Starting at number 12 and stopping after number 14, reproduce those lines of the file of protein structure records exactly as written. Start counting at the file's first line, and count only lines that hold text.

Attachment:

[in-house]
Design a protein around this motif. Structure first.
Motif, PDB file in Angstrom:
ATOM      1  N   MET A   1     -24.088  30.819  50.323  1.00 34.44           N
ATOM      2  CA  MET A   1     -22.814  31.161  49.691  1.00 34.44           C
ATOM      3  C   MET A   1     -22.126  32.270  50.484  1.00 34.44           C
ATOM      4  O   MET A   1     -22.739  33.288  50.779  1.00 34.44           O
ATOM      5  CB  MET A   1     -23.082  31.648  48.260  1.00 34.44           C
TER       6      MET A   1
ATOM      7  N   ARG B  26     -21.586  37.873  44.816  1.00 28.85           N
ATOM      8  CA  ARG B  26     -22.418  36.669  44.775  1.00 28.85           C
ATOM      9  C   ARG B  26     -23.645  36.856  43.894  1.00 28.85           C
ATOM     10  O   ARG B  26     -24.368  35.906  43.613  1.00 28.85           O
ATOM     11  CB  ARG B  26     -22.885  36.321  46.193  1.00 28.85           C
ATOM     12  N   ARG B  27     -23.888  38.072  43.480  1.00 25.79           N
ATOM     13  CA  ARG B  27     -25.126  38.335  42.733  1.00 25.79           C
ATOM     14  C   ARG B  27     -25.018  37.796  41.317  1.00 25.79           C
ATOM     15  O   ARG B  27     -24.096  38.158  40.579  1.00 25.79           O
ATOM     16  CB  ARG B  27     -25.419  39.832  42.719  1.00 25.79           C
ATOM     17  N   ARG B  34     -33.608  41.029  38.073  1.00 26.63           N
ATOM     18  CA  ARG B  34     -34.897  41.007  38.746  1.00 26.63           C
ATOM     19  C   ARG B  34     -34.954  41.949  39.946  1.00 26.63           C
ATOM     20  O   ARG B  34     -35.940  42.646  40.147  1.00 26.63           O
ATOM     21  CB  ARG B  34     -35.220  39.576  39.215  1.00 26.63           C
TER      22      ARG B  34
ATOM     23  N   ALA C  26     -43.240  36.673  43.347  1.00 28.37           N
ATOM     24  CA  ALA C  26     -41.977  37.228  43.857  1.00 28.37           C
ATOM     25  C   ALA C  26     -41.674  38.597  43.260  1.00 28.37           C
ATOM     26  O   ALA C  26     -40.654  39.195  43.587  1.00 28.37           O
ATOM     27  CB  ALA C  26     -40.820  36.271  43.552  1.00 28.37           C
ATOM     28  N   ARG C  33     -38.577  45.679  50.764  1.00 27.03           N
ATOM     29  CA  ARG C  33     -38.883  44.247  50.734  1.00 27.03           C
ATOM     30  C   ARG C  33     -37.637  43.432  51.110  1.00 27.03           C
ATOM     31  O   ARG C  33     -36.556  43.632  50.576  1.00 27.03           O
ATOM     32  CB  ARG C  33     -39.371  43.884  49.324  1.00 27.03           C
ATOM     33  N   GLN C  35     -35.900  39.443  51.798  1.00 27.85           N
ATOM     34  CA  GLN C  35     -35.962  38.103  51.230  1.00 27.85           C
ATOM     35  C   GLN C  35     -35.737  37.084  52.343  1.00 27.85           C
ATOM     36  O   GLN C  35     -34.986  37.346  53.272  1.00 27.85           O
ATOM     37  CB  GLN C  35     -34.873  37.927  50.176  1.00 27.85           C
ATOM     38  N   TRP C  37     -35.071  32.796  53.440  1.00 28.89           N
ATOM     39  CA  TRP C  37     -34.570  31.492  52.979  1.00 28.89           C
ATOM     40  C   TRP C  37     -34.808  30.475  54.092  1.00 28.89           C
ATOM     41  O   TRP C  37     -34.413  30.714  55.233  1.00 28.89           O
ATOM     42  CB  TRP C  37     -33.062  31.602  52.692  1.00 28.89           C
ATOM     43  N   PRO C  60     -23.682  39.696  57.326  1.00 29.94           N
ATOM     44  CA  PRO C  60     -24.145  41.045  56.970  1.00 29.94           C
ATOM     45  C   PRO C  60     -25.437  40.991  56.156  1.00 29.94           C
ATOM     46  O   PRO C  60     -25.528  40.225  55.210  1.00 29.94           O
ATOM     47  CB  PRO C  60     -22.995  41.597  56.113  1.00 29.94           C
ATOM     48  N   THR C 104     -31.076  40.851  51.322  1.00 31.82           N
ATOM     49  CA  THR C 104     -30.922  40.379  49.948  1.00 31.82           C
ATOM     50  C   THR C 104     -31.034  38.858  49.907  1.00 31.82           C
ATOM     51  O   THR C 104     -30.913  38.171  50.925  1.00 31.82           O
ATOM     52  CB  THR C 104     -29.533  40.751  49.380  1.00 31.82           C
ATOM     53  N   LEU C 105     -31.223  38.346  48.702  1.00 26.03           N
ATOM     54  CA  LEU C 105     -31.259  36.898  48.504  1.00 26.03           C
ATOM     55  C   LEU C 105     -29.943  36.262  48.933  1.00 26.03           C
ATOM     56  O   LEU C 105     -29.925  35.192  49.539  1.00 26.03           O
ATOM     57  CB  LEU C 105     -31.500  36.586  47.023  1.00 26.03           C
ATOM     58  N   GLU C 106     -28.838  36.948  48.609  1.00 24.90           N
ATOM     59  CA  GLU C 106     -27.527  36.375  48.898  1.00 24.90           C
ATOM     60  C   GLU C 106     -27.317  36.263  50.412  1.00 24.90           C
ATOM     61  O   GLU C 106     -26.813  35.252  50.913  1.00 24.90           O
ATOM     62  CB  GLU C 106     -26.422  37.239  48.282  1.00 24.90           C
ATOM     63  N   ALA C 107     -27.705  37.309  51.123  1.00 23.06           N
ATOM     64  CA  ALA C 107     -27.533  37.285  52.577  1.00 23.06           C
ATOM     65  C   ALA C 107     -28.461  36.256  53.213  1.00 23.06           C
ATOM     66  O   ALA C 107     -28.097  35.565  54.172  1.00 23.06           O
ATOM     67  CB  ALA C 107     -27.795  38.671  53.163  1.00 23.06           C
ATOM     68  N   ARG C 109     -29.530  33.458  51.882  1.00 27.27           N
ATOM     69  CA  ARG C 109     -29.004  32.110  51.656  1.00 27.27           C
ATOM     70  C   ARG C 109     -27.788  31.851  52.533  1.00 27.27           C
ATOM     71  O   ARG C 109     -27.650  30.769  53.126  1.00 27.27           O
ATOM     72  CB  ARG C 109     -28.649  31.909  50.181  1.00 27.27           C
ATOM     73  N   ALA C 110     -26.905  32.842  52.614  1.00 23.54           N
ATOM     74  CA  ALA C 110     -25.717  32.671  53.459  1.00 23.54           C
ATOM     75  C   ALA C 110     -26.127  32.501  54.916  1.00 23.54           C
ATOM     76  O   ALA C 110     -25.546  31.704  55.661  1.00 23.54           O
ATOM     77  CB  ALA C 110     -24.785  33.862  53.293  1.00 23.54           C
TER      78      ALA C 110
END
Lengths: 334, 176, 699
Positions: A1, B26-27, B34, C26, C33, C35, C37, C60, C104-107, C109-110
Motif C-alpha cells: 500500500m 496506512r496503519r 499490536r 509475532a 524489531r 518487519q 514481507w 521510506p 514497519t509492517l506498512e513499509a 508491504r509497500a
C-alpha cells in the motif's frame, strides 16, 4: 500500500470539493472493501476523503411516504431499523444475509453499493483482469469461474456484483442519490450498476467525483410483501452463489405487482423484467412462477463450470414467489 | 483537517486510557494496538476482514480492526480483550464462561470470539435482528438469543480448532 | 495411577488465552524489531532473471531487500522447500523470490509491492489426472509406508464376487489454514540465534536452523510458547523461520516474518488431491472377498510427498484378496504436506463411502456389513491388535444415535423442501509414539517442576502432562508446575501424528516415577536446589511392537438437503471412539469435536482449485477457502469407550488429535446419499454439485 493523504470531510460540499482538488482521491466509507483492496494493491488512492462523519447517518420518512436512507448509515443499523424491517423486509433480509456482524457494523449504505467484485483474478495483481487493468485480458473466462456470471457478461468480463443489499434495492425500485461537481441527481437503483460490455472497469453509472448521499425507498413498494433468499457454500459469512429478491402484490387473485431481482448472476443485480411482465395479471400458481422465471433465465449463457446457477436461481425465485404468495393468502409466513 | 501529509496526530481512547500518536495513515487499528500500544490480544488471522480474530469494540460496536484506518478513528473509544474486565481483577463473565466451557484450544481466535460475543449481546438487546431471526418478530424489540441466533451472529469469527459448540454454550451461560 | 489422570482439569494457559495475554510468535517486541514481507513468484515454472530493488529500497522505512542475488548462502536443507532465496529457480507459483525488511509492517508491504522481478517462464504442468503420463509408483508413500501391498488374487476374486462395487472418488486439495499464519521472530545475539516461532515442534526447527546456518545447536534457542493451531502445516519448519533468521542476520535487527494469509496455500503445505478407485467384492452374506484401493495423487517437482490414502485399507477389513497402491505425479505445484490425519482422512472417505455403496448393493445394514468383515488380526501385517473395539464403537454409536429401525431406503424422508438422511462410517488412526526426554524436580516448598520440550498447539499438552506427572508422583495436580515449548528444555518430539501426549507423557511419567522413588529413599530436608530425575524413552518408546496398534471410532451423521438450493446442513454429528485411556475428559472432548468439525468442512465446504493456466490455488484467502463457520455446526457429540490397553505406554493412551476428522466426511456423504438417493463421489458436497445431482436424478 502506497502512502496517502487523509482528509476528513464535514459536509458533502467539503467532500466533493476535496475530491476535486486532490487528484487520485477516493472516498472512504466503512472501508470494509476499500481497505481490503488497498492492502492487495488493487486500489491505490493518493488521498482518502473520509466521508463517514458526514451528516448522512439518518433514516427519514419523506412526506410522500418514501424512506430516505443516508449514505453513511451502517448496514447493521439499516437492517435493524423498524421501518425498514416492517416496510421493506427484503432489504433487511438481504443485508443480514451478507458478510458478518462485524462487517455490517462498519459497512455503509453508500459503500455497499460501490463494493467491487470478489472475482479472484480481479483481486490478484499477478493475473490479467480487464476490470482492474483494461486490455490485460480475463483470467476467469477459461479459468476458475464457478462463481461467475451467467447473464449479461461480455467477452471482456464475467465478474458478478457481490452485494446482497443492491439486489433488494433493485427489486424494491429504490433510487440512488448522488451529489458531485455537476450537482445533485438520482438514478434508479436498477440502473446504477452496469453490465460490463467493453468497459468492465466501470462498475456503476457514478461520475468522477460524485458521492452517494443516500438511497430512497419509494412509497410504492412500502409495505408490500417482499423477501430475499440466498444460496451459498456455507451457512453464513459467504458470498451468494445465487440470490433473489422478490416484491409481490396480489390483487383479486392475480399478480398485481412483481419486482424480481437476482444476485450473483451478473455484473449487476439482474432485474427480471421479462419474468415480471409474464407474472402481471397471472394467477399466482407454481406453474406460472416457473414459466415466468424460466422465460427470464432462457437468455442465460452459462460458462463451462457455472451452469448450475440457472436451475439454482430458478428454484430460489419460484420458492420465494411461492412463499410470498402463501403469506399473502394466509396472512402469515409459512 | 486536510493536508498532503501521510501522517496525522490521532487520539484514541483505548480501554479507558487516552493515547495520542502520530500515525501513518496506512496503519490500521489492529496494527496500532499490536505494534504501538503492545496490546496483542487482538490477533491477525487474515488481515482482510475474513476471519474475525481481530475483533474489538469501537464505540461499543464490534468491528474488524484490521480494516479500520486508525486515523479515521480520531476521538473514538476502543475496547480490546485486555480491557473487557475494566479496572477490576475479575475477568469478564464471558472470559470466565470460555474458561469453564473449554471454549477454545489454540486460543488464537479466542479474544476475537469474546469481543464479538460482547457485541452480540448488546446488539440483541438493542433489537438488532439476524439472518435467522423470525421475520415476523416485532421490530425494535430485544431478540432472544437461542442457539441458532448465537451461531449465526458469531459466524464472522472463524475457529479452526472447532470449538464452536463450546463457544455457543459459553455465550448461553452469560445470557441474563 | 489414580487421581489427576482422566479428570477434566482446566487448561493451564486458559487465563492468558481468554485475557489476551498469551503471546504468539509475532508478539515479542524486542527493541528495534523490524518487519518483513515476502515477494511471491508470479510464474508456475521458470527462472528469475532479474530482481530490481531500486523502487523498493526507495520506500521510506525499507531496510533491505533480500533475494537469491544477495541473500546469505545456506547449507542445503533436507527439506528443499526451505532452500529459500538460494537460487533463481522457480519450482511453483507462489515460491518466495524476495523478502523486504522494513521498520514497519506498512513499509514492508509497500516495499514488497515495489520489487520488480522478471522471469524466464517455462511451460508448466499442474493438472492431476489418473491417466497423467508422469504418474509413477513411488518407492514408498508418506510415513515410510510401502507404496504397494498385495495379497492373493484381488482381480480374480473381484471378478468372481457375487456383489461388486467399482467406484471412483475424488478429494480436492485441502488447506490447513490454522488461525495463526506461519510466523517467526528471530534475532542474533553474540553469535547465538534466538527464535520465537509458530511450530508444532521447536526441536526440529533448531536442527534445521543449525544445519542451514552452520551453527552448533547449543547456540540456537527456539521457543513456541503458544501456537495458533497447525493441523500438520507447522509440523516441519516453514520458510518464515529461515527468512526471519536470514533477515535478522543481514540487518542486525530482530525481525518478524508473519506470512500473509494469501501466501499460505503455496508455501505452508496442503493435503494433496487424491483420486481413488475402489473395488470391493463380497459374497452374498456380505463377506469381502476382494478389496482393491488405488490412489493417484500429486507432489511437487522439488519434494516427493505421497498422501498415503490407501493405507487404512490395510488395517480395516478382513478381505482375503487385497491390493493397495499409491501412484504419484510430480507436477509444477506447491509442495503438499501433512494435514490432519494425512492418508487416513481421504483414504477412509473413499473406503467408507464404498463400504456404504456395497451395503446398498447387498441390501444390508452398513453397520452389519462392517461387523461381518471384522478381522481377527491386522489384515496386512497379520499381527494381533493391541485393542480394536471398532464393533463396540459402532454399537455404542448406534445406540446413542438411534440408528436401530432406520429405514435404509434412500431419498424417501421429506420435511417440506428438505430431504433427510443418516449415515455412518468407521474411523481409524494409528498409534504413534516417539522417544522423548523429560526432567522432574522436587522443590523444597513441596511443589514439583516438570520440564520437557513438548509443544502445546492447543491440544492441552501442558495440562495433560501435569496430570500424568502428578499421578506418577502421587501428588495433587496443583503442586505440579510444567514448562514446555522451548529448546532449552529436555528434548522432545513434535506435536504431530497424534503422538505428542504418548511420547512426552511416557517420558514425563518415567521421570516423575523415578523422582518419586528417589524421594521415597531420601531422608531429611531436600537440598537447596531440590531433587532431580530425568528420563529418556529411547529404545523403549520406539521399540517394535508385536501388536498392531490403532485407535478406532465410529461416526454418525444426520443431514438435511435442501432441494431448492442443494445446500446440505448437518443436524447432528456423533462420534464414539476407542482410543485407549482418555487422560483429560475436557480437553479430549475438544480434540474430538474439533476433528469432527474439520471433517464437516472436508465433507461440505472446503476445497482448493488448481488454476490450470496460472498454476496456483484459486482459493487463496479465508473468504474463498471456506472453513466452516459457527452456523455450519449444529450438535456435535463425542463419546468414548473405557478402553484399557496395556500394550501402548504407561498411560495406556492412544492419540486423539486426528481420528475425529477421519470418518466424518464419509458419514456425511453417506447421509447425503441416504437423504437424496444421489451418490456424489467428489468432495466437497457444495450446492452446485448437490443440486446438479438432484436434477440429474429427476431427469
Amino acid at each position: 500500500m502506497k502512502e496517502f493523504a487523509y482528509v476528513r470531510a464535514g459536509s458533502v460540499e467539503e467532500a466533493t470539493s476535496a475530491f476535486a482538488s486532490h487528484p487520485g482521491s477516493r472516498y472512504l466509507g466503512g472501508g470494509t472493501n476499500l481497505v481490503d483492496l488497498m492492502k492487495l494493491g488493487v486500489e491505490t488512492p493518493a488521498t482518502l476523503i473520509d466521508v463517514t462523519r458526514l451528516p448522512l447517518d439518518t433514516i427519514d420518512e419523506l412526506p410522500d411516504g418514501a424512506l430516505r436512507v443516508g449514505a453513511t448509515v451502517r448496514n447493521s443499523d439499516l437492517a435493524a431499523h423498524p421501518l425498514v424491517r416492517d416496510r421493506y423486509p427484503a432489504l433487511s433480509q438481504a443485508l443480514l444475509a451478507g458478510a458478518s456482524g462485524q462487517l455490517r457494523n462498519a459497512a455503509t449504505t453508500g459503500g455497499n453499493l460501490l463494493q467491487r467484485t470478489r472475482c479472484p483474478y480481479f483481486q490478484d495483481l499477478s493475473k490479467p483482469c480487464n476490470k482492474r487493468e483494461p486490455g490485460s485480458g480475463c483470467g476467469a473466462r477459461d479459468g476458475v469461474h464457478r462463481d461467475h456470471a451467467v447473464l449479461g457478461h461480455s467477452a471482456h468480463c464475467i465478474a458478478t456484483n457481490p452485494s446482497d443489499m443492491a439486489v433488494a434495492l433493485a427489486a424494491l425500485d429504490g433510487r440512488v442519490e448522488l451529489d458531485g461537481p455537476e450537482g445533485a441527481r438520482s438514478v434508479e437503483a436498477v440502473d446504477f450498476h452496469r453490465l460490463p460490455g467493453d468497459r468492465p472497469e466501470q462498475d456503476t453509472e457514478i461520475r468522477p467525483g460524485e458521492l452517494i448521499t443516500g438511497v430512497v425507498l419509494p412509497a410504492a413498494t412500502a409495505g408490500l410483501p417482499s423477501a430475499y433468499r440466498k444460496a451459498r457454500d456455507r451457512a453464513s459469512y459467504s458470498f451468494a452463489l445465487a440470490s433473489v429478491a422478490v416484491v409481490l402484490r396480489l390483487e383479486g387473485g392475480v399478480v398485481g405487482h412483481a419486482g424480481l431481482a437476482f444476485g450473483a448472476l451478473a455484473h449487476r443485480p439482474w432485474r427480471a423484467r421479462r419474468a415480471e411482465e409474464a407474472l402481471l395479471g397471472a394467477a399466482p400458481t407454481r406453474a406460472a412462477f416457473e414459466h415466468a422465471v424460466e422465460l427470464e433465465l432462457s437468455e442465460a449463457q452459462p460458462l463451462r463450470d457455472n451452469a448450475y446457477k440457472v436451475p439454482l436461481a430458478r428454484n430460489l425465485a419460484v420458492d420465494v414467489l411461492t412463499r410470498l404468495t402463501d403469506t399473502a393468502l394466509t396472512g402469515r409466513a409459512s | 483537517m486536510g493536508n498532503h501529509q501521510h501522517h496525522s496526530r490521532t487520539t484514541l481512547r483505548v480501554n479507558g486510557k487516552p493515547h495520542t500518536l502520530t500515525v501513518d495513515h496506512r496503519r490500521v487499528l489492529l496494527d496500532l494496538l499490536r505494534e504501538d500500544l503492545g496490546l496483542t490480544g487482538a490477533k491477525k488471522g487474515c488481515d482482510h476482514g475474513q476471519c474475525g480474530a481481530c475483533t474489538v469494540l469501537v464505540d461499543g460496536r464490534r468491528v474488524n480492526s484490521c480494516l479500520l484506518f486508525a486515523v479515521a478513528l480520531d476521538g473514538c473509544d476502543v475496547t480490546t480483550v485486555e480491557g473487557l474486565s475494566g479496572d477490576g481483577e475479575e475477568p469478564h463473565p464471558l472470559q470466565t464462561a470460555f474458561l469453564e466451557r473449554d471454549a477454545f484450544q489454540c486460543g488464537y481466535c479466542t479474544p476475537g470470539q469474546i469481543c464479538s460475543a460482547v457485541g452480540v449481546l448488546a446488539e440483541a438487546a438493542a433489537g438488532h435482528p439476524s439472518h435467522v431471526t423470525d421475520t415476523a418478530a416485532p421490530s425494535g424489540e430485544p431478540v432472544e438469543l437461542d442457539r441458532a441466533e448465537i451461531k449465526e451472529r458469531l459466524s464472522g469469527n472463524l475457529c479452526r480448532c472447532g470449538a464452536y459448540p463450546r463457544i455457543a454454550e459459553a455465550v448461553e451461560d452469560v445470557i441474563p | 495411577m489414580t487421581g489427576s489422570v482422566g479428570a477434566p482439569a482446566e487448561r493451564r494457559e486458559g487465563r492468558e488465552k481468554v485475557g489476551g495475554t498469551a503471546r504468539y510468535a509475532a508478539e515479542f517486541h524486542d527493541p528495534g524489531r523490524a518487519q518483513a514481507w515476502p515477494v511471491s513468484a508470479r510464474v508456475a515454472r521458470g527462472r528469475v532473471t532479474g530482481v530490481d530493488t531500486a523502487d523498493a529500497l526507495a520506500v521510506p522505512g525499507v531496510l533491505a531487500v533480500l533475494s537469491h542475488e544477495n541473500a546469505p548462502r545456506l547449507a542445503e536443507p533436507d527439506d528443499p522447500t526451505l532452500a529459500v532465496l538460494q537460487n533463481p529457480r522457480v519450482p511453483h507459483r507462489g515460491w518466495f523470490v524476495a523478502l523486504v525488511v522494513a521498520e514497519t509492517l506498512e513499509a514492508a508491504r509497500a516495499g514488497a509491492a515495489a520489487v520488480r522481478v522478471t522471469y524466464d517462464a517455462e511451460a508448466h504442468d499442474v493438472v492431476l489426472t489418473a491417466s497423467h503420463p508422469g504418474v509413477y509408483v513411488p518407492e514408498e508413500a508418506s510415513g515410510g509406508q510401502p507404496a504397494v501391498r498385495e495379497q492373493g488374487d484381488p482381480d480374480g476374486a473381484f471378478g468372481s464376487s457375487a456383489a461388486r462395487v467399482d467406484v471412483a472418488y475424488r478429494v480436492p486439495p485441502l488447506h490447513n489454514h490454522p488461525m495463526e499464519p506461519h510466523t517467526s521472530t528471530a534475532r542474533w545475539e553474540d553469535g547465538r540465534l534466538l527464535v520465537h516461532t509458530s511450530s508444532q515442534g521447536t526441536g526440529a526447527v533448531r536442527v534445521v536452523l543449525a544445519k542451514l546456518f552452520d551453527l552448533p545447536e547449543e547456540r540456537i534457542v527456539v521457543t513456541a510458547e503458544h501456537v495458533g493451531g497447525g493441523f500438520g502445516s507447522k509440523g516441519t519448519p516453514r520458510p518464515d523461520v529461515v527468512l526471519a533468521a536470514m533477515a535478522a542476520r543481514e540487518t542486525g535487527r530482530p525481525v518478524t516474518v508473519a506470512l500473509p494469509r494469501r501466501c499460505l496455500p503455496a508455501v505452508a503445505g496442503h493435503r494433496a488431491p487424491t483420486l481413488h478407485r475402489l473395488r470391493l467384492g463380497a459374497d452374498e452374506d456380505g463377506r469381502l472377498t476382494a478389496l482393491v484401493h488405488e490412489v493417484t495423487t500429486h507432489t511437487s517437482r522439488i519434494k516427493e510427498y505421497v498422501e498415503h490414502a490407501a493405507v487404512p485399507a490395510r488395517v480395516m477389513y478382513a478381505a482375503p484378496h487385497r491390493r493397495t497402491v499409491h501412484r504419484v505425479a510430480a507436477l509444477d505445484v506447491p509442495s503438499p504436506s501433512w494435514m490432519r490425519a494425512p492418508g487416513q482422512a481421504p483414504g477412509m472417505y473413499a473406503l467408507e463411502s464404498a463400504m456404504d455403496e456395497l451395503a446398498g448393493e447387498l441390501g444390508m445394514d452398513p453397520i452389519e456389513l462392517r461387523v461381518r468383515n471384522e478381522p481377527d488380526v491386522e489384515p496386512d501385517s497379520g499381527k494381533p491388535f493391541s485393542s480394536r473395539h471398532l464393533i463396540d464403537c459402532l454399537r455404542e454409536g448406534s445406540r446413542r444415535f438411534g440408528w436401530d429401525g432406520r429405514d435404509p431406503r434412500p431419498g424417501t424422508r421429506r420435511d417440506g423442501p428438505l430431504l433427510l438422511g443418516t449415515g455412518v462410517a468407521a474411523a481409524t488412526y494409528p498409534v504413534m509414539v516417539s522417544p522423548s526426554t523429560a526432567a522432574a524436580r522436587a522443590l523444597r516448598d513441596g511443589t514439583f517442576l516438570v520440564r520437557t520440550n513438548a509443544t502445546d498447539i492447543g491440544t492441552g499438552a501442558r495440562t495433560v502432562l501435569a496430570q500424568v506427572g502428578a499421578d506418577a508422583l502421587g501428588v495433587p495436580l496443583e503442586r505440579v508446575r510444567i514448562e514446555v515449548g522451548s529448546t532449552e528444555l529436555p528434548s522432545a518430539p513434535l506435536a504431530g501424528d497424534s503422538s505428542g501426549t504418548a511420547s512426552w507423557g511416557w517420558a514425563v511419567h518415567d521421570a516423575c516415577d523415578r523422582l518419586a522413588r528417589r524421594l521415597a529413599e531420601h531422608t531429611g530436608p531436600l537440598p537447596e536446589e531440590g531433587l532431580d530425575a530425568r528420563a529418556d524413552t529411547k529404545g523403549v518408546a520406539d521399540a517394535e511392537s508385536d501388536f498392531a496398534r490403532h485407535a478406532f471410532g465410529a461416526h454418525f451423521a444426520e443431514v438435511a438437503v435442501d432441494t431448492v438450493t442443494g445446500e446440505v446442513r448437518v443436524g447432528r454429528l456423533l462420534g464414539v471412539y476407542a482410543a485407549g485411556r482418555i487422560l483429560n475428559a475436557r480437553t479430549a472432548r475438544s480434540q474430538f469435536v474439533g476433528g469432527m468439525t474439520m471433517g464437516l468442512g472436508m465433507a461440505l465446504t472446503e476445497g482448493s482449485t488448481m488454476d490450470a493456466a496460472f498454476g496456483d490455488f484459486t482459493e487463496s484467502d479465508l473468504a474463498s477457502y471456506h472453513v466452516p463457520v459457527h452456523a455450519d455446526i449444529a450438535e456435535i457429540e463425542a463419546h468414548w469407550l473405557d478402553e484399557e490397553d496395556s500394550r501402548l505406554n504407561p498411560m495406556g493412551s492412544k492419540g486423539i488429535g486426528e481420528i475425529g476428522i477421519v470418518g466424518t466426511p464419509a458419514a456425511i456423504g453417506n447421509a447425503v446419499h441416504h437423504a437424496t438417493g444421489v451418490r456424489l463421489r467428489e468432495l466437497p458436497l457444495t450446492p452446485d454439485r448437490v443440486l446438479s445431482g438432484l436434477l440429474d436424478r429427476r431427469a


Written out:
ATOM      9  C   ARG B  26     -23.645  36.856  43.894  1.00 28.85           C
ATOM     10  O   ARG B  26     -24.368  35.906  43.613  1.00 28.85           O
ATOM     11  CB  ARG B  26     -22.885  36.321  46.193  1.00 28.85           C